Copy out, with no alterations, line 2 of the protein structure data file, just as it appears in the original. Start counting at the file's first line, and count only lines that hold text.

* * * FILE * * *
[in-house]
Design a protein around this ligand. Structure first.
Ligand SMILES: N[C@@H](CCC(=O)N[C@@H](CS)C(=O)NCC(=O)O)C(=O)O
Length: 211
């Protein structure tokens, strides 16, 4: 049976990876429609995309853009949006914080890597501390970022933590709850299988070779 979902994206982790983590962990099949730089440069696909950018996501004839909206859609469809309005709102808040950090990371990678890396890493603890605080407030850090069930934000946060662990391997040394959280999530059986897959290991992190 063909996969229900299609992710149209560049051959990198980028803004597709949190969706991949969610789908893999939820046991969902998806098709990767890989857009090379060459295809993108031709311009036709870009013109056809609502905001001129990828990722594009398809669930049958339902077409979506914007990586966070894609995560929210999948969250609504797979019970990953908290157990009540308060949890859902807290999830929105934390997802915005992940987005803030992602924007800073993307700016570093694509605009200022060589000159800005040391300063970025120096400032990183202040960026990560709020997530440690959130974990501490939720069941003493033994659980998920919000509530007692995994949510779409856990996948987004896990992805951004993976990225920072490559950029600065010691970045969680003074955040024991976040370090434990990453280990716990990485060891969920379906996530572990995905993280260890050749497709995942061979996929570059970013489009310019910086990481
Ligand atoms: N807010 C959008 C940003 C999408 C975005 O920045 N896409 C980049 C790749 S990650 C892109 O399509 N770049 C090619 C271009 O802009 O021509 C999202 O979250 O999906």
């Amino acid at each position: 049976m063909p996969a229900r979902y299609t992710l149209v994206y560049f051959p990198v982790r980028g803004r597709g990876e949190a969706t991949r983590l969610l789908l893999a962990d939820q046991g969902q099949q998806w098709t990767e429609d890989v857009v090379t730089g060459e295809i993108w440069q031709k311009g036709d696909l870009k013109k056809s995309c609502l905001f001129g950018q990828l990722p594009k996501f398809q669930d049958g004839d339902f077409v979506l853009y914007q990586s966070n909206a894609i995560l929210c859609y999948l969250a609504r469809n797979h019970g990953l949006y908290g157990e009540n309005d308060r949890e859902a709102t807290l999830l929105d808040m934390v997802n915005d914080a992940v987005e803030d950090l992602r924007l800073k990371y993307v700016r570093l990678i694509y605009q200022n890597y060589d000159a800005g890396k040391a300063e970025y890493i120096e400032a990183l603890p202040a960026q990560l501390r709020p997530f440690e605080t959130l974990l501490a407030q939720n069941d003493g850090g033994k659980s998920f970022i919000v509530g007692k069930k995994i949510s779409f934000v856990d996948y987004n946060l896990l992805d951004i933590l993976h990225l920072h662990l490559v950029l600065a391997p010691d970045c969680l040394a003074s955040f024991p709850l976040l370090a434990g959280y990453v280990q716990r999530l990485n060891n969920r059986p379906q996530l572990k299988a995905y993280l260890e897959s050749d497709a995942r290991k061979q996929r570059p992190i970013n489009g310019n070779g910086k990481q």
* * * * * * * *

Design a protein around this ligand. Structure first.